In a society that lays claim to embrace diversity and inclusion, many of us who fall into any or many of the protected categories often find our needs overlooked.
This is how it has been for me, as an autistic person. We are the weird kids, the loners, the ones who spend playtime and lunchtime on their own. We are the ones picked last when the popular kids got to choose teams. We are the kids who had nobody to invite to birthday parties. This was my experience and one shared with many others. College, university and, finally, the workplace was pretty much the same. I sat on my own at lunchtime, didn’t have anyone to talk to at the coffee machine or water cooler and found team meetings excruciatingly painful.
When I deliver training workshops, I ask three questions: what if this was you? What if this was your loved one? What would you like to see happen? Think about it for a while. Many of you will be parents and, as parents, many of us want to see our children achieve something outstanding; we want them to stand out. By that very definition, we don’t want them to be the same as the other children yet, if we find we are the parent of an autistic child, we suddenly want them to be like the other children, to fit in. Why do we do this? Is this how society has conditioned us? Is this what creeps into the workplace? We want different, someone to have novel ideas, new approaches to old issues but, far too often, the autistic employee can be the wrong kind of different. I know this; I’ve been there and so have many others, which is why autistic employees are either hiding a diagnosis or unable to sustain meaningful employment because of the exhausting mental toll it takes on them. As a result, an awful lot of talent is wasted.
I didn’t get my autism diagnosis until I was in my mid 40s so how did I cope? Quite honestly, I was used to being me and found, generally, I was accepted in the workplace. Exclusion and bullying came later. Yes, it was difficult being moved from one team to another and it didn’t always go down very well. It was difficult to cope when my manager left. She moved to a different site. One day, I got to work and decided to take an overdose of pain killers. At the time, I didn’t even know why I’d done it but, looking back, it was probably a lot to do with having an imposed change to the day to day routine. There was no support and I was asked to leave my job.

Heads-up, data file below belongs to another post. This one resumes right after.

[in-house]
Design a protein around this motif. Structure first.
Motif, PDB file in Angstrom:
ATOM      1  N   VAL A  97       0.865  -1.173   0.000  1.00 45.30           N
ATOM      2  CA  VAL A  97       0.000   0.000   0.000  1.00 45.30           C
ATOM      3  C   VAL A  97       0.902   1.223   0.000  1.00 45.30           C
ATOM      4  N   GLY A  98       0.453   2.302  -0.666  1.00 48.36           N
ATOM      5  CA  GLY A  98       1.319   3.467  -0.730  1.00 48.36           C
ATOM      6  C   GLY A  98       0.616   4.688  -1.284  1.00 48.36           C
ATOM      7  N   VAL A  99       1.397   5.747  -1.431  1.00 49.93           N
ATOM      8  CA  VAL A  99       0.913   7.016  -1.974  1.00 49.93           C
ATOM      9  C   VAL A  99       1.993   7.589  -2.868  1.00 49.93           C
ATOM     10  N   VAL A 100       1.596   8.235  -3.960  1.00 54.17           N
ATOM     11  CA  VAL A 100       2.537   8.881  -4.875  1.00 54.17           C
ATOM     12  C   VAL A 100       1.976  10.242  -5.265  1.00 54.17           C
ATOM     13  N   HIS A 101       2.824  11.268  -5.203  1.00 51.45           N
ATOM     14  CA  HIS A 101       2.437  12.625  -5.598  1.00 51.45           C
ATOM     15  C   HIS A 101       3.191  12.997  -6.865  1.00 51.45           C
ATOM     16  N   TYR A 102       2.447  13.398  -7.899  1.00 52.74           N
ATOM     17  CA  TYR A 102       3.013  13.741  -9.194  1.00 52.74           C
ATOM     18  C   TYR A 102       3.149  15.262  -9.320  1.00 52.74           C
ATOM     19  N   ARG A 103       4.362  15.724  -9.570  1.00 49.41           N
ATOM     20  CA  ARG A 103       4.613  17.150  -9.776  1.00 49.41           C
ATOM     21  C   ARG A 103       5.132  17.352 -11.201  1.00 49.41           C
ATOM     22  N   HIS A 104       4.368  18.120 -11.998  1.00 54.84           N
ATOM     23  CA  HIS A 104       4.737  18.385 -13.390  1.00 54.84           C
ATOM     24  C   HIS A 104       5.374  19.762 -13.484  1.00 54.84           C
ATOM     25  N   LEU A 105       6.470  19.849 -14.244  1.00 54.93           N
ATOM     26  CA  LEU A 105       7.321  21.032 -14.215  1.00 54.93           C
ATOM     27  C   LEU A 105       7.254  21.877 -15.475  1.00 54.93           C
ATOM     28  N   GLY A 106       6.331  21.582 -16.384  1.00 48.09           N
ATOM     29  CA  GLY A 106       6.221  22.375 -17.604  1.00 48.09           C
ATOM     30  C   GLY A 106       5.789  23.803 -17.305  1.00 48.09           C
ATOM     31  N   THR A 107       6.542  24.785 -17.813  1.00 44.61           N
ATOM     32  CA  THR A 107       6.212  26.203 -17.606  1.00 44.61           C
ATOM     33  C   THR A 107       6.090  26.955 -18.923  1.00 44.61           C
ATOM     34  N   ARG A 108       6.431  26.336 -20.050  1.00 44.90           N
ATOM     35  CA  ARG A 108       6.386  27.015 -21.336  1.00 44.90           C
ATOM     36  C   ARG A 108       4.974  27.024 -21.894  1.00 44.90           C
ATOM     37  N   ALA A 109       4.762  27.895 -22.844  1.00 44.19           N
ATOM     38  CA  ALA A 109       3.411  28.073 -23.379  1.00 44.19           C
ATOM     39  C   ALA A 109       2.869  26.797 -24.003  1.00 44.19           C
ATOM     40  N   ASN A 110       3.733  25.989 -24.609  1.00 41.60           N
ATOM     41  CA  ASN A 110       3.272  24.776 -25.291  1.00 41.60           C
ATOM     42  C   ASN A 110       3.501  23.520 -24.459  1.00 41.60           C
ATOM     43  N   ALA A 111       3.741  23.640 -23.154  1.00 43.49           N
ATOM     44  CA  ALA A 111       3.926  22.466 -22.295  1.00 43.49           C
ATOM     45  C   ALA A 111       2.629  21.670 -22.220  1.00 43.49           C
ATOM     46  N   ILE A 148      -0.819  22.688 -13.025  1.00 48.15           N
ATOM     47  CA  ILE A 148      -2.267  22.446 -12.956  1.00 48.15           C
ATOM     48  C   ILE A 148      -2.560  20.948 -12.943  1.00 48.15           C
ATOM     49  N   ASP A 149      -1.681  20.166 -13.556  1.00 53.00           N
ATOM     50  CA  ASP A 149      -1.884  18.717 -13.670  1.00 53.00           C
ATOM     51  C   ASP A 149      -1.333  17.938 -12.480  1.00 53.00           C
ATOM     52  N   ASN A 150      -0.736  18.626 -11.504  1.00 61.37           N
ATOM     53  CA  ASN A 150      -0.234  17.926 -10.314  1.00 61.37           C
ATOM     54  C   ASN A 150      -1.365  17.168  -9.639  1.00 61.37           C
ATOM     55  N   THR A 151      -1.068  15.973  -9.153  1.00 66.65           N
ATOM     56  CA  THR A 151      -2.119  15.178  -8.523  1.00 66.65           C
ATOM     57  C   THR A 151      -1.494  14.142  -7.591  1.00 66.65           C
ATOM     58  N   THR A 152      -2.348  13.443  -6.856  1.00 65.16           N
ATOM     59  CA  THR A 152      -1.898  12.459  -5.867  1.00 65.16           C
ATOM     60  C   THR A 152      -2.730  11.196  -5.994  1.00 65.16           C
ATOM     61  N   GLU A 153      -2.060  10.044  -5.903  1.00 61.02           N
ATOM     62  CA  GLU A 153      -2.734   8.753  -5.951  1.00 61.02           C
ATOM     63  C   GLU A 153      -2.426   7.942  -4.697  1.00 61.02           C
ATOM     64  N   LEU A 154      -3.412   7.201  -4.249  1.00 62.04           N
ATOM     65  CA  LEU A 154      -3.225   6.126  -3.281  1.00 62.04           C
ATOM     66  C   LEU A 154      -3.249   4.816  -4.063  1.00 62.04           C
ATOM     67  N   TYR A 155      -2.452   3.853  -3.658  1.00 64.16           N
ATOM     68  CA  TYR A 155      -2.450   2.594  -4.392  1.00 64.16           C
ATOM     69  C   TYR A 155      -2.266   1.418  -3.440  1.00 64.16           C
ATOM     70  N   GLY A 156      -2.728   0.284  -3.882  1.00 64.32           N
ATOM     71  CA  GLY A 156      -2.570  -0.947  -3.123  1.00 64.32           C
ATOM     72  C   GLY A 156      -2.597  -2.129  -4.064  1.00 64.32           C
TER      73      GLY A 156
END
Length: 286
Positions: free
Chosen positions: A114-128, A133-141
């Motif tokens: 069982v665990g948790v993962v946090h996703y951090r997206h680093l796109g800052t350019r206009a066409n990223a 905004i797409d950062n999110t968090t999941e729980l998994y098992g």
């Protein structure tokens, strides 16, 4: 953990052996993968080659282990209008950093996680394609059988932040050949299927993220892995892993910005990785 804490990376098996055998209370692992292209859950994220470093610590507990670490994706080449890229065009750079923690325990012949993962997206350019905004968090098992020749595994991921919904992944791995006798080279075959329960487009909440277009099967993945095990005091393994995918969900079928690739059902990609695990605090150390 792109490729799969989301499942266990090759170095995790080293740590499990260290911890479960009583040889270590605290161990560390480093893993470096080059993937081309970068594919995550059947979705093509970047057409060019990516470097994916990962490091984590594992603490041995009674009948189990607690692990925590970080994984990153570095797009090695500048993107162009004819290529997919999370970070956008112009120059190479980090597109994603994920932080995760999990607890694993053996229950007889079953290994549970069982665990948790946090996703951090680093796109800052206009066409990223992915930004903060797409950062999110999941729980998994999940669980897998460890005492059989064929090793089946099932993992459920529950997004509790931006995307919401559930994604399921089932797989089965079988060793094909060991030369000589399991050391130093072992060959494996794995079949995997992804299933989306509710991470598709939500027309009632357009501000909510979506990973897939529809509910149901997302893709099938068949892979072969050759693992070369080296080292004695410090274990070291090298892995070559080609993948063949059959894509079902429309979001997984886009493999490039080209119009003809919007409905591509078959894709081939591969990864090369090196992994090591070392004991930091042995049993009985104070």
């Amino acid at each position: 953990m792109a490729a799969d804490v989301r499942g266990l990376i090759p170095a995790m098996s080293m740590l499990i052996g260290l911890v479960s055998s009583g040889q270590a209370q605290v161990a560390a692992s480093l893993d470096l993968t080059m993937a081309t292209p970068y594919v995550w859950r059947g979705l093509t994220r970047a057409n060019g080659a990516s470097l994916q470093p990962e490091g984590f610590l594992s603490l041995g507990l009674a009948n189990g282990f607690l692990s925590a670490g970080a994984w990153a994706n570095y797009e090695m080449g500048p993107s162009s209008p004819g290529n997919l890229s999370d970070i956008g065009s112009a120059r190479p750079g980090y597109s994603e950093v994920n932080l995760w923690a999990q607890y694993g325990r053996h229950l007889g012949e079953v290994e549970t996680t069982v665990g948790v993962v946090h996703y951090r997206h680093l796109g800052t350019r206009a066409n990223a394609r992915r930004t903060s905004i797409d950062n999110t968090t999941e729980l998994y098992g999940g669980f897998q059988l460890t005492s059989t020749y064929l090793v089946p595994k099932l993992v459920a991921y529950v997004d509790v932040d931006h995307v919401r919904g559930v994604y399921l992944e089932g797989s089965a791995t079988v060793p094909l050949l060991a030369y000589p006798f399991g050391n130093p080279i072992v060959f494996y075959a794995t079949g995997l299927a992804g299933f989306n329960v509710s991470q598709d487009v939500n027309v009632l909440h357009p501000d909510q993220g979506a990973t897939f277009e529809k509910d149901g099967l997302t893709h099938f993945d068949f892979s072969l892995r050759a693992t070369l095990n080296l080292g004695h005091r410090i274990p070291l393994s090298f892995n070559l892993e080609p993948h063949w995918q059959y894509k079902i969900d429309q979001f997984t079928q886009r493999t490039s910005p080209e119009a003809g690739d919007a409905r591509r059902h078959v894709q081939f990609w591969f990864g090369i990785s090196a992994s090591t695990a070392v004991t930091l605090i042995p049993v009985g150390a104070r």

Other difficulties that are common in autistic employees would be sensory overload: the environment may be too hot; this is very true for me as I don’t feel the cold. Fluorescent lighting can be an issue and so can noise levels. We may not be chatty and water cooler conversations might not be a strong point but we get on with the job and will pay an awful lot of attention to details. Typically, an autistic employee may not always understand the manager has made a request or struggle to prioritise a task. We digest language differently so when asked to have a report finished, we could leave another task half finished and find it difficult to get back on task.
So what, as an employer, could you do?
Remember autistic people are human, too. The most accepting workplaces have always, for me, been the ones where I’ve been seen as just Laurie. Every one of us is different and we all have our quirks. For some of us, they are more obvious. Be aware that an autistic employee may not wish to disclose their diagnosis to you and as often happens, they may be unaware of their autism themselves. Be observant; if there’s a member of staff who seems to be running on a different operating system, get to know them. Find out what you can do, as a manager, to make work life easier and remember, if it’s easier for the employee, less of your own time is taken up. If office noise and traffic is an issue for them, why not looking to moving the team member to a quieter area? Yes, imposed changes can be an issue so inform, prepare and plan for it with those involved. When delegating, give a time frame. Does the job need doing now or will by the end of the day work?
Always include the member of staff. They might say no to drinks after work or avoid office parties, but ask anyway. Take it from one who knows, it hurts when the assumption is we won’t go. The kid who never got invited to parties is still in there, somewhere.
About the author
Laurie Morgen is a freelance autism trainer and public speaker. She got her autism diagnosis at the age of 44 and is committed to seeing greater understanding of autism, challenging its many myths and misconceptions and working with professionals to raise awareness. She is the parent of three adult children, two of whom are parents and have children of their own.
Her book, “Travelling by Train – the journey of an autistic mother” is available in paperback and on Kindle and can be found here: https://www.amazon.co.uk/Travelling-Train-Journey-Autistic-Mother/dp/1784529109